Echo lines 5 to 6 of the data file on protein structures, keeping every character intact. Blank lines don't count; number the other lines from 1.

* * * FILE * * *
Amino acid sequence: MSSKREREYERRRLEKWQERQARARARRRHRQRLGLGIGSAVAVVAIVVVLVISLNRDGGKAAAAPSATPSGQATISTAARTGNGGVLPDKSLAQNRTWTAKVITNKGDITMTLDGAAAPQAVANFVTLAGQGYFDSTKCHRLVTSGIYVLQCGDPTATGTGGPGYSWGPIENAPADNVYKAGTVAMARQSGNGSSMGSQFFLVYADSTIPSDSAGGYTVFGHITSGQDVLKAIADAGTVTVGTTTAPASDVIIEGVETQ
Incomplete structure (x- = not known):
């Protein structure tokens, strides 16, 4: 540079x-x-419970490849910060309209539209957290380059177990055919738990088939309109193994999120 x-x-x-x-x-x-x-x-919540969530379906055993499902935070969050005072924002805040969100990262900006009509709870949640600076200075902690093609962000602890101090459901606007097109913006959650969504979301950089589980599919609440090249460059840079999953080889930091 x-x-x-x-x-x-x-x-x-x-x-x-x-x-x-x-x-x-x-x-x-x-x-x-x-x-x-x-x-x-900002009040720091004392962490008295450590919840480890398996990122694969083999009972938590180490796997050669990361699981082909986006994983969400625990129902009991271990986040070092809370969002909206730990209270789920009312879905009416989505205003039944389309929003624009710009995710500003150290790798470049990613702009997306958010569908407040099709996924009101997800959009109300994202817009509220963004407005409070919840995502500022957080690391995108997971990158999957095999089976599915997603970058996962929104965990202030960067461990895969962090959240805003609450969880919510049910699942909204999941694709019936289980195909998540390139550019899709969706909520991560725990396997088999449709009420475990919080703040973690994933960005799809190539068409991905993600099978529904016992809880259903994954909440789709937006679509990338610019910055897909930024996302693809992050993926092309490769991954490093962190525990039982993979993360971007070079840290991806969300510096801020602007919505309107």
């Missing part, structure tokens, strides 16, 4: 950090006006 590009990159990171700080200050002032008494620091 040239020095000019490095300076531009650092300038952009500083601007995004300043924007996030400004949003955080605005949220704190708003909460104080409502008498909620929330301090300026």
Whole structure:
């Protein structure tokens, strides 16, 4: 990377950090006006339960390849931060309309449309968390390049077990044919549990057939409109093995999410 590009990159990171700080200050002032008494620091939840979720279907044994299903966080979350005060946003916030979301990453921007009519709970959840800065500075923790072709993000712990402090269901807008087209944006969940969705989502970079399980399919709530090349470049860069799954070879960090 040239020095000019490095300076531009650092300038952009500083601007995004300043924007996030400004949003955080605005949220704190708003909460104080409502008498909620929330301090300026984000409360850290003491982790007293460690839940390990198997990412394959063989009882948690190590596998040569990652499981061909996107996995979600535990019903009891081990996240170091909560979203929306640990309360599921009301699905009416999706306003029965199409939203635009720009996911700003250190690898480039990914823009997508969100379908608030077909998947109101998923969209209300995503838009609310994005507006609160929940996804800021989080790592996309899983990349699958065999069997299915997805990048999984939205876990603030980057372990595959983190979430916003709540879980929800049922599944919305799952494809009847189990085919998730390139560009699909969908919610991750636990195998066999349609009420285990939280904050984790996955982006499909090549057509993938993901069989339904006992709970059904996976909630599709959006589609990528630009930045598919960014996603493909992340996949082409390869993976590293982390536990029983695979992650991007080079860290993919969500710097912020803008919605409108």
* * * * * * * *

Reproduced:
Whole structure:
């Protein structure tokens, strides 16, 4: 990377950090006006339960390849931060309309449309968390390049077990044919549990057939409109093995999410 590009990159990171700080200050002032008494620091939840979720279907044994299903966080979350005060946003916030979301990453921007009519709970959840800065500075923790072709993000712990402090269901807008087209944006969940969705989502970079399980399919709530090349470049860069799954070879960090 040239020095000019490095300076531009650092300038952009500083601007995004300043924007996030400004949003955080605005949220704190708003909460104080409502008498909620929330301090300026984000409360850290003491982790007293460690839940390990198997990412394959063989009882948690190590596998040569990652499981061909996107996995979600535990019903009891081990996240170091909560979203929306640990309360599921009301699905009416999706306003029965199409939203635009720009996911700003250190690898480039990914823009997508969100379908608030077909998947109101998923969209209300995503838009609310994005507006609160929940996804800021989080790592996309899983990349699958065999069997299915997805990048999984939205876990603030980057372990595959983190979430916003709540879980929800049922599944919305799952494809009847189990085919998730390139560009699909969908919610991750636990195998066999349609009420285990939280904050984790996955982006499909090549057509993938993901069989339904006992709970059904996976909630599709959006589609990528630009930045598919960014996603493909992340996949082409390869993976590293982390536990029983695979992650991007080079860290993919969500710097912020803008919605409108």